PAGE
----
In February 2003, 450 economists, including 10 of the 24 living Nobel laureates in economics, made a public plea to President George W. Bush not to enact the recent tax cuts passed by Congress. These tax cuts, officially called the Jobs and Growth Tax Relief Reconciliation Act of 2003 but forever known as the Bush-era tax cuts, would not do what they promised, the economists argued. Instead, they said, the cuts would “worsen the budget deficit, increase inequality, decrease the ability of the U.S. government to fund essential services, while failing to produce economic growth.”
In the nearly 10 years that have elapsed since that plea, the budget deficit has ballooned, the gap between the wealthy and the middle class has expanded, and the American economy has spiraled into the greatest decline since the Depression. History has proved the 450 economists were correct. On Dec. 31, these same Bush-era tax cuts are set to expire. This, we are told in hushed or hysterical tones, could push the American economy off a “fiscal cliff.”
Am I missing something here? Can letting a failed tax policy die be such a bad thing?
Not really, says the Congressional Budget Office. In fact, if we let these tax rates expire, the debt would rise but the increases would be reduced by more than $7 trillion, or 70%, over the next 10 years. This reduction in the deficit would happen so fast, the CBO writes, that the gross domestic product could slow in the first six months of 2013 to 0.5% — probably causing a recession — before catching its breath in the second half of the year and starting to return to a respectable 2.4% growth.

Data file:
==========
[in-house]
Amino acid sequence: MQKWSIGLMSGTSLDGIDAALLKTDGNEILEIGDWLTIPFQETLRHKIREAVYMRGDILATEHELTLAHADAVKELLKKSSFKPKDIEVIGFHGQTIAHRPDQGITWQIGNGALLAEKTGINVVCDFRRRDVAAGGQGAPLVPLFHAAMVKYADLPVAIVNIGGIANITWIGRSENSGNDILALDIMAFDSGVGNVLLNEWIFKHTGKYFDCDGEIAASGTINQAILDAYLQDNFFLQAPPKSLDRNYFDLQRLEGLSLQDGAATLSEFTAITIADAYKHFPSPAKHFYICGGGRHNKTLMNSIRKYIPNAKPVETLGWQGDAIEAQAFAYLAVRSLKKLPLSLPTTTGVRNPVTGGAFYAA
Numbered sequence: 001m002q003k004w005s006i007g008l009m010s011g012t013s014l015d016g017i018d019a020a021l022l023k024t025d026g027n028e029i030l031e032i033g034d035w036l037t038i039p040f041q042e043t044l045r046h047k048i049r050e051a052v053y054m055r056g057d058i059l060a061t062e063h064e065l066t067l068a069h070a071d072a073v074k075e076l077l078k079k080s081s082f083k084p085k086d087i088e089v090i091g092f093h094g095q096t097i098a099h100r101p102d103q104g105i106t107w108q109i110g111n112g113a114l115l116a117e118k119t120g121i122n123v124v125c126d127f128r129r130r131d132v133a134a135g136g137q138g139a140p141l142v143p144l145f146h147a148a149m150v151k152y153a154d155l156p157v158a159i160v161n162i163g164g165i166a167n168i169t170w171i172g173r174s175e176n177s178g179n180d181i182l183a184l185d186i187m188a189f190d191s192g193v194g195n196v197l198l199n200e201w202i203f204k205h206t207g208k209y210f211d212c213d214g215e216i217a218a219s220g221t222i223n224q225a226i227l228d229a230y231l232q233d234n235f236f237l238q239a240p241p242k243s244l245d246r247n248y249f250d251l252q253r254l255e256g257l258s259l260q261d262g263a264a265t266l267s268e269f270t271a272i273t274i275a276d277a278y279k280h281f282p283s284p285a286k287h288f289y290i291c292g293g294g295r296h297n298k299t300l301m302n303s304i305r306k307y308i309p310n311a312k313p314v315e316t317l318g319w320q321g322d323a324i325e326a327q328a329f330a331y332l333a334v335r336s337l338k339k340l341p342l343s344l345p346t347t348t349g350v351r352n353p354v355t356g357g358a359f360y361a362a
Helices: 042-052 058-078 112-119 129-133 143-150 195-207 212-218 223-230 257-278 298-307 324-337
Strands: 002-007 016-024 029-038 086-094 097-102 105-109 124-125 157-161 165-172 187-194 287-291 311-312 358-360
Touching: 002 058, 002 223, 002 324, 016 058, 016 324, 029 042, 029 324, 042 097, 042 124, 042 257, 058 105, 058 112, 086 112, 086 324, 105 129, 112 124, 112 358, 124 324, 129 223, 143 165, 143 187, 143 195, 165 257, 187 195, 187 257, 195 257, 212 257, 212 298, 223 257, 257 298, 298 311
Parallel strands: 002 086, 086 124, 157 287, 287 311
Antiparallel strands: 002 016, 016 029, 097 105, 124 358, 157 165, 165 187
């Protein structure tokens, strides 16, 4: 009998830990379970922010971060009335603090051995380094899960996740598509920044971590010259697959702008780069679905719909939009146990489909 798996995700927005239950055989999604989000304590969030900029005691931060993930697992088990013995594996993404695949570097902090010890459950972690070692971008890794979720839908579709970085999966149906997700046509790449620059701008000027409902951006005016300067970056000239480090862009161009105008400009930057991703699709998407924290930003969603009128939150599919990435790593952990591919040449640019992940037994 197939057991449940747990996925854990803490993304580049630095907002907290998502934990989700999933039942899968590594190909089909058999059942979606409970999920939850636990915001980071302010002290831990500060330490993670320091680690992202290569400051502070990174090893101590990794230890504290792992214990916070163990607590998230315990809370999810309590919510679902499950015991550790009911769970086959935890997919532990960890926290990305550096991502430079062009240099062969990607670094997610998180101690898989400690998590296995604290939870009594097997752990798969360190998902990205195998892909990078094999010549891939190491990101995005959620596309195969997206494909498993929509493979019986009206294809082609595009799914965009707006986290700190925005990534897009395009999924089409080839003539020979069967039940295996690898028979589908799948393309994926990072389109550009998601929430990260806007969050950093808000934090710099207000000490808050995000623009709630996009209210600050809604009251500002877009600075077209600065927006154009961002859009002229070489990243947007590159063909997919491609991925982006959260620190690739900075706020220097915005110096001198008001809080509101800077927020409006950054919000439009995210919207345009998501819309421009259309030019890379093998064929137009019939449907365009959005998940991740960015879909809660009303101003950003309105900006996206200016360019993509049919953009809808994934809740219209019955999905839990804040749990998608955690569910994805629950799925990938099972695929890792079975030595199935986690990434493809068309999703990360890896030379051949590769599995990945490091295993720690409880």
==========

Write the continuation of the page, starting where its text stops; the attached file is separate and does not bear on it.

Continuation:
On the other hand, the CBO warns, if Congress extends current policy, the deficit and debt will increase, slowing the economy in the long run and dramatically increasing interest costs.
Because of the deal Congress and the president made last year, letting the current tax rates expire will result in across-the-board budget reductions in many government programs (the dreaded “sequestration”). Still, there would be no decreases in Social Security, Medicaid and veterans benefits. Medicare could take a 2% hit, but it’s unclear that it would affect individuals’ benefits. Defense spending would take a big hit, but because of the wind-down in Afghanistan, some military leaders are actually asking for less than Congress is willing to shell out. Also, reduced military spending does not mean a weakened national defense. In the decade 1990-99, defense spending decreased by 1% a year.
So who’s behind all the “fiscal cliff” saber-rattling? Big earners and their friends, who despise the idea of the top tax rate going up from 35% to 39.6% (where it was during the 1990s, one of the most prosperous decades in this country’s history), and any changes in the low, low, low capital gains tax. They started their scare campaign in February by calling the Dec. 31 deadline “taxmaggedon,” which was clumsy and passe on arrival. It took that wordsmith Federal Reserve Chairman Ben Bernanke to coin “fiscal cliff,” and even though it’s more like a fiscal hill or a fiscal hurdle, the media loved “cliff.” Besides, by summer we had a presidential election to fill the talk shows, and neither major candidate was talking about cliffs.
So will Congress pass a comprehensive bill by New Year’s Eve to avoid the fall from the fiscal cliff? In a pig’s eye. What’s much more likely is a weak agreement to continue the current tax cuts, kick the can down the road and let the next Congress figure it out.
Here’s another idea: Let’s join hands and walk to the bottom of the cliff together. It’s not very far down. The deficit and national debt will be reduced; Social Security, Medicaid and, for the most part, Medicare will go on unharmed; America will go back to tax rates that worked better than the cuts we’ve been living with; and Congress will actually be forced to do something for a change: Republicans and Democrats will have to work together to repair those programs damaged by sequestration, rather than filibuster or chant talking points to make their way around the hard decisions.
Perhaps America is on the brink of a fiscal opportunity.
Jack Shakely is president emeritus of the California Community Foundation.